Don't be afraid to ask questions about your boss's feedback and make sure you read over your written review carefully before signing it. Once the cycle is complete, your manager might be perfectly happy to forget about your performance for the next five or eleven months. Don't let her. Be proactive about setting up regular meetings to review your progress, address potential problems and incorporate new responsibilities and priorities into the master plan. If you keep the lines of communication open, nothing that comes up in your next review will be a surprise. Who knows, maybe you'll even look forward to it!
Asking for a Raise
If you are going to ask your boss for a raise, make sure you have a good reason. And needing the money doesn't count. Your company doesn't care if you are drowning in student loans, can't make your rent or have to finance a wedding this year. Like everything else in the business world, the money you get paid is all about the value you add to the company. Before you sit down with your manager, you'll want to be prepared with a list of contributions that have positively impacted the bottom line. As you're putting together your case, be hard on yourself. Look at the situation from your company's point of view. Have you honestly acquired such valuable skills, performed at such a high level and exceeded expectations to such a degree that your company should shell out more assets to keep you?
You also have to look at the big picture. Check out compensation surveys like the National Compensation Survey by the U.S. Department of Labor ( http://www.bls.gov/ncs ) or Web sites like Salary.com to determine how your salary stacks up to what other local employees in your position are making. Don't forget to take into account other financial incentives you may receive from your company, including bonuses, stock options, insurance packages, 401k contributions and tuition reimbursement.
Of course, you also have to get real and evaluate your request in the context of the current economic conditions, your company's financial status and internal policies regarding raises. In today's business climate particularly, many companies are foregoing merit increases or are only issuing them at a certain time of year. Some organizations also have fixed salary ranges, or grades, that prevent managers from increasing compensation beyond the amount pre-determined by your level or title. Still others place the authority to decide matters of compensation in the hands of a few individuals - and your boss may not be one of them. You'll save yourself a lot of agida if you find out about such things ahead of time.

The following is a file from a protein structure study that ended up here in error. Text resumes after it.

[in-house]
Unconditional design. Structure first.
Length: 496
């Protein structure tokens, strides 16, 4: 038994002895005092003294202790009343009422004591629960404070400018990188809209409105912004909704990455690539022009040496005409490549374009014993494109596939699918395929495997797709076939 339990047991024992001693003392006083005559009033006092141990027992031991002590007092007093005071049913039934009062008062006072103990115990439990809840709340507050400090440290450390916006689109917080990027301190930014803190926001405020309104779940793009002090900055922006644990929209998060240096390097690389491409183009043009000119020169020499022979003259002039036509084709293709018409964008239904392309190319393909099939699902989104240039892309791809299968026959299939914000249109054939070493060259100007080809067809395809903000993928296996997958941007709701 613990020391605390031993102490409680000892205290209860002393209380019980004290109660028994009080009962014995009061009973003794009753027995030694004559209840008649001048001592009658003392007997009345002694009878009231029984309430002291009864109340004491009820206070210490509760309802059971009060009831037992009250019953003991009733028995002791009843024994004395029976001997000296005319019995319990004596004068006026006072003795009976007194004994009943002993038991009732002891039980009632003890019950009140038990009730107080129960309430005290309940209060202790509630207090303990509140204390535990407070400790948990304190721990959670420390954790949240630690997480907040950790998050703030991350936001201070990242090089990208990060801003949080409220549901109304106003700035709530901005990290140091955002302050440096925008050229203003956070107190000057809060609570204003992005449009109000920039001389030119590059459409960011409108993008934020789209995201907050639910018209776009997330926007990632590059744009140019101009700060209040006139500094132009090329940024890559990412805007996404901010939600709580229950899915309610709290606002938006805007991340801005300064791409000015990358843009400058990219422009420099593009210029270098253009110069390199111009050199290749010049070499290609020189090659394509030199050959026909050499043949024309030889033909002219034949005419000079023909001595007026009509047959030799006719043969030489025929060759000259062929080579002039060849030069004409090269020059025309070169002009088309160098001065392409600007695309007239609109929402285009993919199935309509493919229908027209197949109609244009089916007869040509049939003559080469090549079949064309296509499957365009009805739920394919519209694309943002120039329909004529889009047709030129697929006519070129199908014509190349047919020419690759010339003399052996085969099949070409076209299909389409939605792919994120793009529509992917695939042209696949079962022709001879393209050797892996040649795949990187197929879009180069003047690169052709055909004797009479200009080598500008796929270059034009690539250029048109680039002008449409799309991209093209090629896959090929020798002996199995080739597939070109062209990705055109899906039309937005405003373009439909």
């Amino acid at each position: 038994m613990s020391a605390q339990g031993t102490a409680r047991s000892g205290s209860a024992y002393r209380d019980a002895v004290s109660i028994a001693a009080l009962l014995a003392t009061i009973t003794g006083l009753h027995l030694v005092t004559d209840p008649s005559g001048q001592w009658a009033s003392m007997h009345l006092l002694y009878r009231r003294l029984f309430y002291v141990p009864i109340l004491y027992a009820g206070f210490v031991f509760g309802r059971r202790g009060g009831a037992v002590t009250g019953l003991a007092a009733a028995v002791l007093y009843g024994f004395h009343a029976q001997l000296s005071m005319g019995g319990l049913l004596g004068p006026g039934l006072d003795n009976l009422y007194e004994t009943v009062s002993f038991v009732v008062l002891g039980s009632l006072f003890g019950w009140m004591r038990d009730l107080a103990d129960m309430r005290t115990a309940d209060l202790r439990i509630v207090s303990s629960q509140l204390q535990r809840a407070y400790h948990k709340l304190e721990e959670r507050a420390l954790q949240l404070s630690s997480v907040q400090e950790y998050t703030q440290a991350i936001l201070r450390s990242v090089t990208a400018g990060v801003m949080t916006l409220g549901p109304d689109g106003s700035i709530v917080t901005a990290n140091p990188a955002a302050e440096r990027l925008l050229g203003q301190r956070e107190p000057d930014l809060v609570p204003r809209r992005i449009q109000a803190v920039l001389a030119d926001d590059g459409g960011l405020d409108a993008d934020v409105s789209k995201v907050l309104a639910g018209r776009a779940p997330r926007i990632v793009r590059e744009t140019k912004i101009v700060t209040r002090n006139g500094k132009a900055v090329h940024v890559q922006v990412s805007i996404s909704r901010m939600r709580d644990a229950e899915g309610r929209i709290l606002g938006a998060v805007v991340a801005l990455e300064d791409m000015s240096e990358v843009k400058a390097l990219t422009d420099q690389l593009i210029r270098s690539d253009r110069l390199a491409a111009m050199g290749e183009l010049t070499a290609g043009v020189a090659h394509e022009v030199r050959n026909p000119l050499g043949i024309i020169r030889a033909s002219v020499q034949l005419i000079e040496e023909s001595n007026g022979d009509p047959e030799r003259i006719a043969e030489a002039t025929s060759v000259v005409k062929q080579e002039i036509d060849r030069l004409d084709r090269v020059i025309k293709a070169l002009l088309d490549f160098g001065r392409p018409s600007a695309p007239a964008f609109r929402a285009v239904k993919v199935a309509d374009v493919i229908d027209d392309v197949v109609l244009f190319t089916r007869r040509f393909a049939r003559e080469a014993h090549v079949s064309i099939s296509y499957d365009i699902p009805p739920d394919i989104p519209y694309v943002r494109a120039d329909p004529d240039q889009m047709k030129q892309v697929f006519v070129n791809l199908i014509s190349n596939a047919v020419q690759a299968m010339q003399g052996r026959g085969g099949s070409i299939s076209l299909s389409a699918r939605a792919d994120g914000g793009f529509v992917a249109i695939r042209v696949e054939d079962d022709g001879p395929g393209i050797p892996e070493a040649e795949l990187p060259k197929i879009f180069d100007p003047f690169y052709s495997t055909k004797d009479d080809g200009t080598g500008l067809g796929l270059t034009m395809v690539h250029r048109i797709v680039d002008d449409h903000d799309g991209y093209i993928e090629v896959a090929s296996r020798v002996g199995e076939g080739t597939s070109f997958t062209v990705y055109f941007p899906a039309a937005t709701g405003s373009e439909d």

What is a good time to ask for a raise? Coming off a strong performance review in which your boss acknowledged your accomplishments is a good bet because he will probably be expecting you to broach the subject of money. If you have just taken on a new role or your management has raised the bar for your performance, it is perfectly legitimate to ask for an appointment to discuss "compensation commensurate with new responsibilities."
When scheduling the meeting, pick a time when your boss's stress level and workload are as manageable as possible and tell him what you want to talk about so he's prepared. An informal setting like lunch often works best because it allows you to relate to your manager on a personal level. Before you meet face to face, decide on a number that you'd be satisfied with and think about how you'll respond if you don't get it. You also may want to practice your tone on a family member or friend prior to the meeting, because there is a fine line separating the assertive/sincere and boastful/arrogant approaches.
Now, on to the actual "raise discussion." If you're underpaid and you know it, don't complain. Acting bitter or angry will only put your manager on the defensive. Instead, remain calm, positive and professional. Tell your boss how much you enjoy working at the company. Talk about your performance in a factual manner and provide concrete examples of how you add value to the organization. When it comes time to pop the question, use the word compensation rather than raise or money. In the event that your boss declines your raise, don't close your ears to the rest of the discussion. She may be willing to offer you other perks instead, like extra vacation time, flexible hours or a nice dinner with your significant other on the company. These concessions may not be as valuable as cold cash, but they can come in handy when you're struggling to afford the good life outside of work.